Use Recommendations for Aducanumab in Alzheimer Disease
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1. Appropriate patients have mild cognitive impairment or mild Alzheimer disease with cerebral amyloid deposition confirmed by PET scan or CSF analysis.
2. The greatest risk is amyloid-related imaging abnormalities, with or without cerebral edema and hemorrhage. Contraindications include coagulopathy and prior brain bleeds/microhemorrhages.
3. Patients should be counseled that the expected outcome is possible slowing of disease progression, not improvement in symptoms or daily function.
Aducanumab is a first-in-class anti-amyloid recombinant human immunoglobulin G1 (IgG1) monoclonal antibody. It was designed to selectively promote clearance of insoluble forms of A𝛽 and cerebral amyloid aggregates (“amyloid plaques”) which are believed to play a key role in Alzheimer disease pathology.
Interested patients should be aware that aducanumab will not reverse current symptoms. It clears cerebral amyloid by objective measures, which theoretically should slow or stop the disease process. However, there is currently no evidence of clinical benefit in terms of improved daily function or symptom reduction as a result of this clearance. Aducanumab may slow disease progression by an unclear amount. Additionally, patients should be informed of treatment burdens such as monthly infusions, frequent monitoring including repeated imaging studies if needed, and high cost. Medicare, alongside many private insurance programs, does not cover aducanumab. There are no known drug-drug interactions, so patients may continue memantine, cholinesterase inhibitors, and psychotropic drugs as indicated.
Aducanumab is recommended only for patients with a formal diagnosis of mild cognitive impairment or mild Alzheimer disease, as determined by a thorough history, neurological examination, and objective cognitive assessment. Experts recommend a Mini Mental Status (MMSE) score cut off of at least 21, or an equivalent score on other validated measures (e.g., 17 or greater on the Montreal Cognitive Assessment (MoCA)). Clinical evaluation should focus on ruling out the presence of other non-Alzheimer disease pathology. This includes psychiatric conditions like uncontrolled depression or substance abuse, metabolic abnormalities like hypothyroidism or nutritional deficiency, and other neurologic conditions such as parkinsonism or rapidly progressive dementia.
After clinical eligibility is established, the presence of cerebral amyloid must be confirmed through amyloid PET scan or cerebrospinal fluid analysis. An MRI should be done on all patients within one year of drug initiation to rule out the presence of microhemorrhages/hemosiderosis and non-Alzheimer disease pathology such as normal pressure hydrocephalus or vascular dementia. MRI should be repeated for monitoring prior to the fifth, seventh, and 12th doses, and as needed for any new or concerning symptoms. Some clinicians may also choose to screen prior to the 10th dose in higher risk patients (like those with APOE). At minimum, scans should include fluid attenuated inversion recovery (FLAIR), T2-weighted gradient echo (GRE), and diffusion-weighted imaging (DWI) sequences.
Amyloid-related imaging abnormalities (ARIA) is the most concerning side effect of aducanumab, and appears in a dose-dependent fashion. Patients and families should be vigilant about reporting new neurological symptoms because ARIA is typically reversible with medication discontinuation. The most common symptoms are mental status change, visual disturbance, dizziness, incoordination, and nausea. Untreated ARIA can progress to edema, microhemorrhages/hemosiderosis or, uncommonly, hemorrhagic stroke. Monitoring MRIs are needed in all patients because 75% of cases in the study population were asymptomatic at the time ARIA was identified.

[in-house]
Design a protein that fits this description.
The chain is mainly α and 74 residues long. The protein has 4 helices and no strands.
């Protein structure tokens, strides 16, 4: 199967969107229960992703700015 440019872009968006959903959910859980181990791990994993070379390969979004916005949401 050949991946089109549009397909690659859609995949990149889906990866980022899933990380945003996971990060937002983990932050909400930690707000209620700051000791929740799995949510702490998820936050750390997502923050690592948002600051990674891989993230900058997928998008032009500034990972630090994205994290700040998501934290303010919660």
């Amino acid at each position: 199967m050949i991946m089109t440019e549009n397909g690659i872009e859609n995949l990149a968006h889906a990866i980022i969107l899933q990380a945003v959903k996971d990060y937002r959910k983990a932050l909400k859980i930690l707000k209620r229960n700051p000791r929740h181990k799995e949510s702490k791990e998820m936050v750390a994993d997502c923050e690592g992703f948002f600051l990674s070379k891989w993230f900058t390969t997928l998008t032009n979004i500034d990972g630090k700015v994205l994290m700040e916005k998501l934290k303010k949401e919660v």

Because of the increased risk of intracranial bleeding, aducanumab is contraindicated in patients with coagulopathy, including those on blood thinners, or with a history of hemorrhagic stroke. The APOE-4 allele, which is associated with development of late-onset Alzheimer disease, appears to confer a higher risk of ARIA with edema or hemorrhage. Genetic testing is not required but may be offered if the result is likely to influence patients’ decision about whether to use aducanumab.
Read the full report from the American Academy of Neurology: Aducanumab Use in Symptomatic Alzheimer Disease Evidence in Focus
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References and Related Research
Aducanumab: Appropriate Use Recommendations | PubMed
“An Expert Panel was assembled to construct Appropriate Use Recommendations based on the participant populations, conduct of the pivotal trials of aducanumab, updated Prescribing Information, and expert consensus. Aducanumab is an amyloid-targeting monoclonal antibody delivered by monthly intravenous infusions. The pivotal trials included patients with early AD (mild cognitive impairment due to AD and mild AD dementia) who had confirmed brain amyloid using amyloid positron tomography. The Expert Panel recommends that use of aducanumab be restricted to this population in which efficacy and safety have been studied.”
Aducanumab Use in Symptomatic Alzheimer Disease Evidence in Focus: A Report of the AAN Guidelines Subcommittee | PubMed
“The author panel systematically reviewed available clinical trial data detailing aducanumab use in individuals with early symptomatic Alzheimer disease. Level of evidence statements were assigned in accordance with the American Academy of Neurology’s 2017 therapeutic classification of evidence scheme. Safety information, regulatory decisions, and clinical context were also reviewed.”
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